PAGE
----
The World Cafe is a good method for surveying what skills community members have and what others might be needed during a disaster.   – Picnace Ranch, 2019.
Community members and volunteers help plant school gardens in Paradise, California. 

It is impossible to turn on the mainstream news these days and not see tales of a community greatly impacted by some extreme weather event or another. For example, this morning’s news showed stories of millions of people from the West Coast to the East Coast of the United States affected by either unexpected tornados, sudden freezing temperatures, raging floods, or out of control forest fires. It’s a lot to take in during the morning news.

Then, social media brings my attention to friends in Kenya sharing stories of friends, family and community members, as well as this years crops, being washed away in floods.

As someone who has personally experienced the loss of a home due to a California wildfire, I know this devastation and trauma can take many years to recover from…. far longer than the story remains news. A big part of how we as individuals or as a community recover depends on how resilient and prepared we were before the disaster struck. By resilient, I mean how strong are we in our own mental and physical wellbeing in order to handle our personal recovery and be there to help others after our world is shattered by a disaster.  How prepared are we to fend for ourselves: such as having emergency food supplies and a garden, knowing which neighbors have what skills, and even tending to injuries?

As Benjamin Franklin once said, “An ounce of prevention is worth a pound of cure.” I would include preparation and personal wellbeing under the category of prevention. In permaculture, one of the key design principles is to “plan for disaster.” What are the common weather events in your area and how can you prepare ahead of time? What destruction would result from, say a “Hundred Year Event” of fire, flood, earthquake, tornado, or hurricane? Many areas are starting to see “Hundred Year Events” occuring every few years. The hurricanes in the  Caribbean and the fires in California are frightening examples of disastrous “new norms” plaguing the world.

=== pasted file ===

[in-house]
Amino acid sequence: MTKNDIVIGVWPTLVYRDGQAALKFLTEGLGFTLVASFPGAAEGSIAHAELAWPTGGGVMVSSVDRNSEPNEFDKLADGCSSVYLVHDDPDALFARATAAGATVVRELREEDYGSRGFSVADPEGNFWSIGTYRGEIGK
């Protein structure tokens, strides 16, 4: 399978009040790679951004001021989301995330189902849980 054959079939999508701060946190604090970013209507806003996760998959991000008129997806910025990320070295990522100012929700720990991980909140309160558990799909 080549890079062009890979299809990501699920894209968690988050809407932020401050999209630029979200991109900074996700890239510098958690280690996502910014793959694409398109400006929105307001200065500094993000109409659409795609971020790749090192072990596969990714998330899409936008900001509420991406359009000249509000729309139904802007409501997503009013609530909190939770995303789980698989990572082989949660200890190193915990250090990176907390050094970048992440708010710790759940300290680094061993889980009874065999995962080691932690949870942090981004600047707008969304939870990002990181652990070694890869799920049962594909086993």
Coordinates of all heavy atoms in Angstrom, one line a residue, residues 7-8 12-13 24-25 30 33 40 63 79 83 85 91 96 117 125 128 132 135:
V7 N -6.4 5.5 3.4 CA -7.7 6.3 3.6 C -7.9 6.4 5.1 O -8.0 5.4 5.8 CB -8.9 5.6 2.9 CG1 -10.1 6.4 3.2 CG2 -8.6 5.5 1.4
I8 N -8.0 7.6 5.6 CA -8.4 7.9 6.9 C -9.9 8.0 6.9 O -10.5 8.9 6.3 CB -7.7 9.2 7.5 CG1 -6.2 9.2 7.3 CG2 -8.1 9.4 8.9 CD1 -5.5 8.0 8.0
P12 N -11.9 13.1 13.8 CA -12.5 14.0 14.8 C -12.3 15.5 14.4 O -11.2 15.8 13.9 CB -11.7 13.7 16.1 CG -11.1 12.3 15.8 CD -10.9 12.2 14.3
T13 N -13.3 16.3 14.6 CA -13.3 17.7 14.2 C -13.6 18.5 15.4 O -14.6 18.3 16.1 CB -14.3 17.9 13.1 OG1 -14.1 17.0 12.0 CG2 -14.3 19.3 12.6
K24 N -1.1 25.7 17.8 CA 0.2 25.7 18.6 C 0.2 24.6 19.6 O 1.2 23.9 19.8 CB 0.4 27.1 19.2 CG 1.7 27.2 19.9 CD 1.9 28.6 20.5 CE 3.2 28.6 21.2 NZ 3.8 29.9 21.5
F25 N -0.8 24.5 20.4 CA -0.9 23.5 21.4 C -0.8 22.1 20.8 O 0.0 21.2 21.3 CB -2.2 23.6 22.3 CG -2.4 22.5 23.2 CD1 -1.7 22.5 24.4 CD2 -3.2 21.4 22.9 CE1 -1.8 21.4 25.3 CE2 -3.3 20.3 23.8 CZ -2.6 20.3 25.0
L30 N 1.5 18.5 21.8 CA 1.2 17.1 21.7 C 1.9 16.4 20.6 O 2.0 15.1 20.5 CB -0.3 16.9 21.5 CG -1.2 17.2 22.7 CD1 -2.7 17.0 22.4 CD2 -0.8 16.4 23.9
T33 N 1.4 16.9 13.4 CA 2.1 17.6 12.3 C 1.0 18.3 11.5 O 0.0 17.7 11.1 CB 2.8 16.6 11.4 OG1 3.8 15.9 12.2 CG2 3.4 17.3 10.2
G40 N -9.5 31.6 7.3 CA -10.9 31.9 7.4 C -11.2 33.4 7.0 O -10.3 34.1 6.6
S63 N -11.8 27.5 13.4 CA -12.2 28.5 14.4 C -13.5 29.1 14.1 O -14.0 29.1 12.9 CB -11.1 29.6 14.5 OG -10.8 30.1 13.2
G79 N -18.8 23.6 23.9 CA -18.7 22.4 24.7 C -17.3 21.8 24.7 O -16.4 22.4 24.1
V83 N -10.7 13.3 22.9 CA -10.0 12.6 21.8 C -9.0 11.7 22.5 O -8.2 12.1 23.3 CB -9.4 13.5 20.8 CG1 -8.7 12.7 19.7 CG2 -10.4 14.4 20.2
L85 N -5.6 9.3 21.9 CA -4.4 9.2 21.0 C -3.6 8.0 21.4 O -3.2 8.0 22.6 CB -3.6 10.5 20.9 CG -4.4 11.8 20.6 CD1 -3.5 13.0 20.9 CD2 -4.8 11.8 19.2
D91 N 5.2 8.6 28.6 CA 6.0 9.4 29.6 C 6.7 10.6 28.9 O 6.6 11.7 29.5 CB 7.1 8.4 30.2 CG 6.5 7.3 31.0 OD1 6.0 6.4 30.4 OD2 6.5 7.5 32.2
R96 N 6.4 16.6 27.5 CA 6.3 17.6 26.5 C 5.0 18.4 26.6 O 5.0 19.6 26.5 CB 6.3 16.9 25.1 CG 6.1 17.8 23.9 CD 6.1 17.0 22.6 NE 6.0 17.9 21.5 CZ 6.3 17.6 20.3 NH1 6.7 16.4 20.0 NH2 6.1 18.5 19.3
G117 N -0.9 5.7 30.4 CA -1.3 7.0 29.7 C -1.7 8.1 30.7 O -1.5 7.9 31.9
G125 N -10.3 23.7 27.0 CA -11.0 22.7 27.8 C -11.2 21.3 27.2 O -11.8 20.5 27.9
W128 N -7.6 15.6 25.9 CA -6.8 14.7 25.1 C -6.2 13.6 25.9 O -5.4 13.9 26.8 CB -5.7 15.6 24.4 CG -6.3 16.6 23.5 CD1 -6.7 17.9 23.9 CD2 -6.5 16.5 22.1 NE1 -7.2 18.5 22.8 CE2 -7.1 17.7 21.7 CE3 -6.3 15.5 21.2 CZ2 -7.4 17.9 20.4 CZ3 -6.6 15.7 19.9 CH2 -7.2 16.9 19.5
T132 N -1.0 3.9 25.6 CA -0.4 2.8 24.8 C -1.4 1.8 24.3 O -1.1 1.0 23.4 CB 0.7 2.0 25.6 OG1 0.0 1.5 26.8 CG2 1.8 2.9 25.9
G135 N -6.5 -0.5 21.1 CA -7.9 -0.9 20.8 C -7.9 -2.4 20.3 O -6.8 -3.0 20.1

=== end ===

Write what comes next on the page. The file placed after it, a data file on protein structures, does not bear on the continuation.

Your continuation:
The more our communities and cities are designed with disasters in mind, the smoother recovery will be. Where are trees planted? Are exit or safety routes prepared for large numbers, all using them at once? Is there a local, renewable energy source available? Has community asset mapping been done to better know your neighborhood resources? Neighborhood potlucks are an effective way to strategize disaster planning with others. 

 “Design from Patterns to Details” is another permaculture principle to apply both in the design process before and recovery efforts after. What are the larger systemic changes that can make a community better able to recover, and how can those aspects be applied to neighborhoods, and to individual houses? Moving from the Macro to the Micro and back out again helps patterns be recognized that can make strategies more efficient and effective. Emergency phone trees could be an example of this. While a city may send out emergency notices by phone to those who are registered for such notification, not everyone may be on the list or cell phones may not work. The idea is to tighten the pattern closer to home to make certain neighbors are aware, as well as taking care of your own family and pets. Planning things out advance helps add a sense of calmness, if and when an emergency arises. 

The Transition Movement, with over 1,200 community projects around the world in 50 countries, is a great resource for preparing this ounce of prevention in advance of disaster. The Transition Movement’s resources and training guides offer great insight on how to bring these concepts to your community in advance of problems. 

“Use local renewable energy,” is another principle that could help limit the mega fires of the West Coast. Many of California’s recent fires have been started by the mega power lines that are connected over huge territories. If California instead had microgrids of locally produced renewable energy that provided to smaller areas, it would limit the mega-fires.  Such strategy could save many lives, significant destruction, as well as slowing additional factors affecting climate change, such as pollution from gas or coal power plants. 

Another great resource  for learning how permaculture can help in the recovery efforts and the importance of community is the podcast by Sharable, called “The Response.” This series looks at how communities come together after a disaster. Abundant Earth Foundation is very proud to have supported Sharable in the production of a short film about the recovery efforts in Puerto Rico after Hurricane Maria. A core ethic of permaculture is Care for People. This film explores this ethic at a level that will expand your heart and provide an understanding of the importance of personal and community resilience.

Of course, all of this is complicated. However, the point is foresight, compassion, and personal wellbeing will help us on the wild road ahead. Incorporating permaculture principles before, during, and after emergencies could lead to the avoidance of a disaster and assure a faster recovery when one does hit. 

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